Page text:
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by Kevin Sylvester / Buffalo Sabres

Kevin Sylvester of SabresTV took some notes throughout this week’s road trip that started last Saturday in Long Island. Join him for a look at some of the things that cross a broadcaster’s mind while he travels across the NHL.

Long road trips are an interesting beast. The anticipation is actually exciting. Think about the road trips you and your buddies would take on occasion and magnify it by 10. Sure, it's business, but it's filled with hope of thrilling victories and good times catching up with friends or on much needed sleep (anyone with kids understands this one). It's even better when boarding the charter after a big home win over the Maple Leafs. 

The other side of the long trip is saying goodbye to your kids for a week, looking at your wife and seeing a slight bit of despair in her eyes as she has to handle it all while you're gone, and figuring how much to pack. I used to pack way too much my first season. Now, I travel light.  Who cares if my casual, off duty, clothes get repeated often away from home? Plus, we stay in great hotels that can get laundry done if needed, with same-day dry cleaning. I make sure I have room for two things: workout gear and my phone/iPad charger. I'd go crazy without both!

I do hope the Islanders figure out a new arena soon.  Nassau Coliseum is outdated, and has been for 15 years. The people are nice, fans that show are passionate, but it's still the worst place in the league to visit. I'm sure the welcome wagon will be out when I go back in a few weeks.

In contrast to the Islanders needing a new building, I hope Detroit doesn't get one. Joe Louis Arena has a certain charm to it. It's like going to the Riviera Theatre in Tonawanda for a show. There’s nostalgia all around. The seats at “The Joe” are all red, worn in, beat up and even torn in some cases. But they are so close to the action that's there's not a bad seat in the place. The press box is old school, in the middle of the building and not in the rafters like most places. The broadcast booth is tiny, but it's an honor to work from the same spot many legends have done before. Of course I only visit the place once a year, so all of the crumbling parts and warts don’t bother me as much as the faithful in Hockeytown.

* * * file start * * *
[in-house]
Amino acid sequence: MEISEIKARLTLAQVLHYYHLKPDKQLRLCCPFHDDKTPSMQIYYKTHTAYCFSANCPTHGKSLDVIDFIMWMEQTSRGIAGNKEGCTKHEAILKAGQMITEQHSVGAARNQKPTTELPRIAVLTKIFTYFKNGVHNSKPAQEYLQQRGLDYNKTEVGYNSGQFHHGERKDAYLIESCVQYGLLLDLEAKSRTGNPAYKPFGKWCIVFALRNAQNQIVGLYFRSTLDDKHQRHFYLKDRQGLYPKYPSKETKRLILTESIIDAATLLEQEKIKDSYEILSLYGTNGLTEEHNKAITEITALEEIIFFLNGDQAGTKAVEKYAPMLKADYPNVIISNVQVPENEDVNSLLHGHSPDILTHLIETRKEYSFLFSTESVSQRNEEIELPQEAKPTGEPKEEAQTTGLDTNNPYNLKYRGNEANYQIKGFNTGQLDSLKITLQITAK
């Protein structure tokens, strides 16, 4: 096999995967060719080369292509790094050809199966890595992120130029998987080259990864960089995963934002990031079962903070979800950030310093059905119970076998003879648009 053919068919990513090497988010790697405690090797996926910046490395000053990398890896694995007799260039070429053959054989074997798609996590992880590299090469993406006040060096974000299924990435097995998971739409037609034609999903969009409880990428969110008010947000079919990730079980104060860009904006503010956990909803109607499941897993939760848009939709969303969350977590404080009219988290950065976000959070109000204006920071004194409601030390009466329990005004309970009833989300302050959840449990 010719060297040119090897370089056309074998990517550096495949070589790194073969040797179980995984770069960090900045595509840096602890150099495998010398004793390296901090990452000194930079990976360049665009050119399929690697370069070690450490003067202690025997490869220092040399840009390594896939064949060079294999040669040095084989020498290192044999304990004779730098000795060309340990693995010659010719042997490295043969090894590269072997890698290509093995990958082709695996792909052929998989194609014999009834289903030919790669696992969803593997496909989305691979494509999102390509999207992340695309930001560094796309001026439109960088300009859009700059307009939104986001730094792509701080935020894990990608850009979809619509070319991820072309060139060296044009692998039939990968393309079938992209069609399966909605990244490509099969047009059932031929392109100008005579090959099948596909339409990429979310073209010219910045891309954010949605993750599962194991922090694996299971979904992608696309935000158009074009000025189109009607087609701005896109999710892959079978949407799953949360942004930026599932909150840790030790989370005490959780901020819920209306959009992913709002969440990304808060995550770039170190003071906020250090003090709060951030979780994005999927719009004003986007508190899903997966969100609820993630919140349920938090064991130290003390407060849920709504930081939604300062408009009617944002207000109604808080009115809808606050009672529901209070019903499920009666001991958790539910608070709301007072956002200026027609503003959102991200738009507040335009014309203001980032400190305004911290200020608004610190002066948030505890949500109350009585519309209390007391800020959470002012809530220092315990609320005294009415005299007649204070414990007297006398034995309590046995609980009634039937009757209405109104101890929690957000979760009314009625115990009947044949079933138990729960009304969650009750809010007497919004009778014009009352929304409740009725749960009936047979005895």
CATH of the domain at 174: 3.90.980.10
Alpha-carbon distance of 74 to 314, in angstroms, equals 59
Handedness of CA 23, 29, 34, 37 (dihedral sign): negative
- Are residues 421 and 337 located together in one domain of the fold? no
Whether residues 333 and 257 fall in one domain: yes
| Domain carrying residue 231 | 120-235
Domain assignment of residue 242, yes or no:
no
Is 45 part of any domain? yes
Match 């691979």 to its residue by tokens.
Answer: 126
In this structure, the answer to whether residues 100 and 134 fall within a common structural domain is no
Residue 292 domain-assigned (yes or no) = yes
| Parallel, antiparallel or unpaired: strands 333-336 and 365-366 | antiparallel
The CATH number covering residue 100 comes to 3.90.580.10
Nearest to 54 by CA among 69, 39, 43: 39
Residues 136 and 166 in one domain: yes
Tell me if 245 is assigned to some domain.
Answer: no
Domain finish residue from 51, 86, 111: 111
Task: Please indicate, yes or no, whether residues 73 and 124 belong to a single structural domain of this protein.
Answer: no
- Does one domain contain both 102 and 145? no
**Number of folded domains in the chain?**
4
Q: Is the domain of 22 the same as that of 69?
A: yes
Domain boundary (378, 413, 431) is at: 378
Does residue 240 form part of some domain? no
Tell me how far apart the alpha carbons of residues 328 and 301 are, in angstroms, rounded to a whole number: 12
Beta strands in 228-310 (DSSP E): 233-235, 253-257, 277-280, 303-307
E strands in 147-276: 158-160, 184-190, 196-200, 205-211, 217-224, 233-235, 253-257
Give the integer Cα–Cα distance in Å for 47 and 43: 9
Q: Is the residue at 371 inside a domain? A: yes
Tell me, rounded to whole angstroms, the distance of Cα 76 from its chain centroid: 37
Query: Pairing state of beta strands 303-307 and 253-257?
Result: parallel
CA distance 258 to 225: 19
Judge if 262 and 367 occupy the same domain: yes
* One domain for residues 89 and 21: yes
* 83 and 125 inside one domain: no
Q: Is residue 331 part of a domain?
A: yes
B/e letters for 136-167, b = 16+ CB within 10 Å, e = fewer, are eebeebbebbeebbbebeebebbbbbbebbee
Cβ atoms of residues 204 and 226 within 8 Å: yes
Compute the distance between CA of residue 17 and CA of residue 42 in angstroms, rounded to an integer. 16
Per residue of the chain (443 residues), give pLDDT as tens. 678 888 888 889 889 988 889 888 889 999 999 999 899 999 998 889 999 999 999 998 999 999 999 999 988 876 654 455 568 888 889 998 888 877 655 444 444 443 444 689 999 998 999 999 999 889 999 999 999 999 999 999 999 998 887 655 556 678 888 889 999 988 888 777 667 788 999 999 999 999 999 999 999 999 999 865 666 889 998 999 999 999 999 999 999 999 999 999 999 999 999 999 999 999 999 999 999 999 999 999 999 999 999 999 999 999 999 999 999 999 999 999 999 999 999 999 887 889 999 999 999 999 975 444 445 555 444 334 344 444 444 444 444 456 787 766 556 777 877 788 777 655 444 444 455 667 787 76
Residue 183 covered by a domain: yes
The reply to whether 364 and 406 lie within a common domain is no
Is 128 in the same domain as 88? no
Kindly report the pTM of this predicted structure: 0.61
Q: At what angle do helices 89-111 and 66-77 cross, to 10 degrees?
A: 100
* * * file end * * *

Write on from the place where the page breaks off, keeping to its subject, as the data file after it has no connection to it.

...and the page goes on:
Chicago is an awesome city, and not that intimidating. The buildings are beautiful and bountiful, and the walk along Michigan Avenue is one of the best in the league. However, on your next visit (or first) make it to some of the neighborhoods on the north side of town.  You'll feel right at home. Wrigleyville stands out, but there are more pockets.  Our Road Crew party was in one of those areas at Lincoln Station and had the feel of being in the Elmwood Village or Allentown. It was cool. It was also great to meet some great Buffalo people that now live in Chicago, and were excited to get a slice of home.

As for the game in Chicago, what can I say?  It's tough. I like the song “Chelsea Dagger” but don't care to hear it for a while. I will say the national anthem at the United Center is the best in the league as the fans “roar” throughout. It’s such a great tradition.

As I’m sitting on the plane ready to take off for Winnipeg, I re-read the opening paragraph I wrote from the start of the trip. So far, this trip has been nothing like my anticipation. As for the home front, reports have been mostly positive. I'll spare you the details. It’s supposed to be -22 when we land in Winnipeg and feel like -40!  That’s sure not like Atlanta, and my toes aren't ready.

OK, the cold weather in Winnipeg wasn't all that bad. The walk to the rink on Thursday morning was interesting as it was all inside. Underground for the first half, the skywalks for the second half of it. The cool thing was having performers (street musicians) playing their music in the skywalks. Danny Gare and I figure there are some people that live in Winnipeg that must rarely step outdoors in the winter.

And a very happy birthday to my youngest, DJ, who turns two today. I can’t wait to get home and see his awesome smile. And I still can't believe it’s been two years since I cut a road trip short to welcome him into this world.  
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